Paris papers abdul razak dzulkifli

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Paris papers abdul razak dzulkifli

  1. 1. 2nd IAU Global Meeting of Associations – IAU/CPU 31 May – 1 June 2007 Paris, France Regional developments and role of regional university associations DZULKIFLI Abdul Razak vc@usm.my ASAIHL/Universiti Sains Malaysia Penang, Malaysia© DAR 2007
  2. 2. Enrollments – Tertiary Sector Developing Asia** Other developing countries* Peers* Developing Asia’s Global 275 Index (1990 = 100) 250 225 200 175 150 125 100 1990 1991 1992 1993 1994 1995 1996 1997 1998 1999 2000 2001 Sources: World Bank Development Indicators; World Bank Edstats; UNESCO Global Education Digest; OECD Education at a Glance; IFC calculations **Developing Asia includes: Bangladesh, China, India, Indonesia, Malaysia, Philippines, Thailand, and Vietnam *32 Developing Country Sample includes: Angola, Argentina, Bolivia, Brazil, Bulgaria,Chile,Colombia, Dominican Republic, Ecuador, Egypt, Ghana, Guatemala, Hungary, Jamaica, Jordan, Kenya, Madagascar, Mauritius, Mexico, Mozambique, Pakistan, Peru,Poland, Romania, Russia, Senegal, South Africa, Trinidad & Tobago, Turkey, Uganda, and Uruguay© DAR 2007
  3. 3. Enrollment in Private Higher Education (as a % of total) South Korea 80 Japan 77 India 75 Brazil 71 ElSalvador 69 Philippines 67 Indonesia 67 Colombia 64 Belgium 63 Chile 58 Paraguay 47 Portugal 38 Peru 34 Mexico 33 USA 32 Argentina 20 0 20 40 60 80 100 Sources: EdStats, World Bank; IFC; OECD; Government Statistics; Chile includes 7 publicly funded Private Catholic Universities;© DAR 2007
  4. 4. Some Asian Examples Malaysia • Five branch campuses of foreign universities • Over 400 private colleges offer local and foreign qualifications Hong Kong • 150 foreign HEI’s and 40 foreign professional institutes offered 645 courses in 2001, alone or with 12 local partners • 50% of qualifications from UK & 30% from Australia China • 900% increase in foreign joint programs between 1995 and 2003 • 721 joint programs in 2003 • Main partner countries were the US (154); Australia (146); Canada (74); Japan (58); Singapore (46); UK (40); France (24); Germany (14); South Korea (12) • UK jumped from 40 (2003) to160 joint programs in 2005 Sources: Singapore Ministry of Education; Olsen, A. (2002), ‘E-learning in Asia: Supply and Demand,’ Observatory on Borderless Higher Education report, No. 6, June.© DAR 2007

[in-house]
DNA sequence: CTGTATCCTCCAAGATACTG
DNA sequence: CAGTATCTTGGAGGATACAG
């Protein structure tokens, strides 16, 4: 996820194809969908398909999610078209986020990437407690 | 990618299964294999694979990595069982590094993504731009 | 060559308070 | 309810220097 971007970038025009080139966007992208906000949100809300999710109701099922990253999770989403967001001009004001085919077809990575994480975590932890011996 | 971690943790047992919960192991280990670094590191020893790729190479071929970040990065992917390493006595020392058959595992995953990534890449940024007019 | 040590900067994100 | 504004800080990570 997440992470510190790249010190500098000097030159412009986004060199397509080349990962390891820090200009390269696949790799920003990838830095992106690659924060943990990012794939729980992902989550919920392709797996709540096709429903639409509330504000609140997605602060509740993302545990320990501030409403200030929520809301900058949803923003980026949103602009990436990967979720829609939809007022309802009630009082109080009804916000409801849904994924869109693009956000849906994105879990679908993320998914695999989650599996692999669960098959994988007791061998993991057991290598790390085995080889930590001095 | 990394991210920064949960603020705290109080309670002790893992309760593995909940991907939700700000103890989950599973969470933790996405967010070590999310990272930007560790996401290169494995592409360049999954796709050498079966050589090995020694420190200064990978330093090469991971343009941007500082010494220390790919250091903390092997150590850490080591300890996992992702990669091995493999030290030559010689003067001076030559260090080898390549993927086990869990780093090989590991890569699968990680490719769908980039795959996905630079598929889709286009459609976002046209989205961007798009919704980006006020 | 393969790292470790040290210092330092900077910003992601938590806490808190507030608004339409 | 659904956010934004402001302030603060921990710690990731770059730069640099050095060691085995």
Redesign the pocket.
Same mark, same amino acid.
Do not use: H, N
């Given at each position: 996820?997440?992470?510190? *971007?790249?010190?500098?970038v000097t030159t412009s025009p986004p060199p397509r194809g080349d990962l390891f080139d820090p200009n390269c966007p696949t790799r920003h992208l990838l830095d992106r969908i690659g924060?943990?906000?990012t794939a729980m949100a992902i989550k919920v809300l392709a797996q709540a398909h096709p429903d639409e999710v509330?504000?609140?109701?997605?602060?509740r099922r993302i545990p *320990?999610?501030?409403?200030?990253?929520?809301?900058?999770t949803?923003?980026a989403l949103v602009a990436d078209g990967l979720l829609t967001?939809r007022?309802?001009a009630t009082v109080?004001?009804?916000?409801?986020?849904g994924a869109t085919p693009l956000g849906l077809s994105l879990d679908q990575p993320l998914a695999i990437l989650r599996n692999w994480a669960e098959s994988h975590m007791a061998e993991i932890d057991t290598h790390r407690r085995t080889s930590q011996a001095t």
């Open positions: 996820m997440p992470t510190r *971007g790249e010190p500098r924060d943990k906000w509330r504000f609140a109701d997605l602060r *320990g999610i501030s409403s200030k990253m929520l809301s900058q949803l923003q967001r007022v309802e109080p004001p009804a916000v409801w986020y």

5. 5. Students Studying Abroad • Globally: over 2 million tertiary students across the world By 2025 – estimated 8 million students • In OECD countries (2000) - >1.6 million tertiary students USA (2004) dropped to 576,000 – or about 35% of OECD total UK (14%) – Australia (13%) – Germany (12%) – France ( 8% ) – NZ ( 5% ) – mostly from developing countries • In Russia (2001) – 90,000 students – 40,000 from CIS countries, 2005: around 100,000 Sources: OECD 2000, 2002; AUSTRADE 2003; NZ Trade 2003; China Education Yearbook, 2002; Education World 2003; Malaysia MoE 2004; Foreign Policy – Sept 04 ; Business Day, Sept. 23, 2004 – Study by the South African Council of Higher Education Ron Perkinson, APPLE Conference, Singapore, Aug. 4, 2005© DAR 2007
  6. 6. Students Studying Abroad in developing countries too! • In China (2002) – > 60,000 foreign students: – Asia which approx 70% Europe (12%) USA (11%) – & growing • In Malaysia (2003) – 37,000 students; 50,000 by 2010 • In South Africa 47,000 students (2003) Egypt 27,000 students (2003/04) Sources: OECD 2000, 2002; AUSTRADE 2003; NZ Trade 2003; China Education Yearbook, 2002; Education World 2003; Malaysia MoE 2004; Foreign Policy – Sept 04 ; Business Day, Sept. 23, 2004 – Study by the South African Council of Higher Education Ron Perkinson, APPLE Conference, Singapore, Aug. 4, 2005© DAR 2007
  7. 7. Providers/Investors HEI Campuses In Foreign Countries (since 2000) Examples: • University of Nottingham in China & Malaysia • Napier University of Edinburgh in China • RMIT in Vietnam • Monash in South Africa & Malaysia • Curtin & Swinburne in Malaysia • Manipal in Nepal & Malaysia • Universitas 21 & UNSW in Singapore Source: Ron Perkinson, APPLE Conference, Singapore, Aug. 4, 2005; LVerbik & L Jokivirta OBHE Nov 2005, IAU Primer© DAR 2007
  8. 8. Asia-Pacific Quality Network (APQN) Conference Malaysia’s Main Legal Framework • Universities and University Colleges Act 1971 (Amendments 1996) • Education Act 1996 • National Council on Higher Education Act 1996 • National Accreditation Board Act 1996 • Private Higher Educational Institutions Act 1996 • National Higher Education Fund Act 1997© DAR 2007